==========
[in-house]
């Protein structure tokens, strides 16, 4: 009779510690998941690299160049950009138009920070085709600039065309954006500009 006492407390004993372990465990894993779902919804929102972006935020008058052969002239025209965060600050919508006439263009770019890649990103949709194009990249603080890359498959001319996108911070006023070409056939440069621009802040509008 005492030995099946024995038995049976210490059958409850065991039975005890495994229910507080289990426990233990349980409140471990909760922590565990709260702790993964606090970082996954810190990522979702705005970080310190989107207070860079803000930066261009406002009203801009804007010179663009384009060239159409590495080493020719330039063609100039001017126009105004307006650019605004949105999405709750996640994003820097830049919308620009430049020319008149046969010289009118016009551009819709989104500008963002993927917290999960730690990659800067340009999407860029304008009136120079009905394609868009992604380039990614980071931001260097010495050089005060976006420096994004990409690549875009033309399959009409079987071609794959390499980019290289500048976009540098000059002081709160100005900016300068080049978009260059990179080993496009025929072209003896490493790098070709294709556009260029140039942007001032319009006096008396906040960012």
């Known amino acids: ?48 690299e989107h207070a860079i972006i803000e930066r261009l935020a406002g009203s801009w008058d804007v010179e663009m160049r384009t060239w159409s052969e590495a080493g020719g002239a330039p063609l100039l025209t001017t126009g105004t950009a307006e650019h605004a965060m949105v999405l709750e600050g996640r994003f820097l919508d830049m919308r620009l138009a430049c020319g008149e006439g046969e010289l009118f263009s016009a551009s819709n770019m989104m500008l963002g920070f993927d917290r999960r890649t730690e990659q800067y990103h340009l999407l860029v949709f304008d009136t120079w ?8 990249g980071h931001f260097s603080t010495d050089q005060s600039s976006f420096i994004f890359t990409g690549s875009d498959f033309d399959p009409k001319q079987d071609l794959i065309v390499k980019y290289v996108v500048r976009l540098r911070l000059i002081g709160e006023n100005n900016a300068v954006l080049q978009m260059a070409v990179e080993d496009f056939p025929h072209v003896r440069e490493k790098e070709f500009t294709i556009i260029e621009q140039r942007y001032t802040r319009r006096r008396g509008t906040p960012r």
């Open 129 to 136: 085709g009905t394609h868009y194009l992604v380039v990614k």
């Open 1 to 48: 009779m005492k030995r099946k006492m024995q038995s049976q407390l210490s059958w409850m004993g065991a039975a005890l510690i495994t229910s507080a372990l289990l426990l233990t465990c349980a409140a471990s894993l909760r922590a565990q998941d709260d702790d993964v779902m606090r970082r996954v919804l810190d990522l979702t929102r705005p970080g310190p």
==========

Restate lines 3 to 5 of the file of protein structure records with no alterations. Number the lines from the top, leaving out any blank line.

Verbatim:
């Known amino acids: ?48 690299e989107h207070a860079i972006i803000e930066r261009l935020a406002g009203s801009w008058d804007v010179e663009m160049r384009t060239w159409s052969e590495a080493g020719g002239a330039p063609l100039l025209t001017t126009g105004t950009a307006e650019h605004a965060m949105v999405l709750e600050g996640r994003f820097l919508d830049m919308r620009l138009a430049c020319g008149e006439g046969e010289l009118f263009s016009a551009s819709n770019m989104m500008l963002g920070f993927d917290r999960r890649t730690e990659q800067y990103h340009l999407l860029v949709f304008d009136t120079w ?8 990249g980071h931001f260097s603080t010495d050089q005060s600039s976006f420096i994004f890359t990409g690549s875009d498959f033309d399959p009409k001319q079987d071609l794959i065309v390499k980019y290289v996108v500048r976009l540098r911070l000059i002081g709160e006023n100005n900016a300068v954006l080049q978009m260059a070409v990179e080993d496009f056939p025929h072209v003896r440069e490493k790098e070709f500009t294709i556009i260029e621009q140039r942007y001032t802040r319009r006096r008396g509008t906040p960012r």
């Open 129 to 136: 085709g009905t394609h868009y194009l992604v380039v990614k």
């Open 1 to 48: 009779m005492k030995r099946k006492m024995q038995s049976q407390l210490s059958w409850m004993g065991a039975a005890l510690i495994t229910s507080a372990l289990l426990l233990t465990c349980a409140a471990s894993l909760r922590a565990q998941d709260d702790d993964v779902m606090r970082r996954v919804l810190d990522l979702t929102r705005p970080g310190p």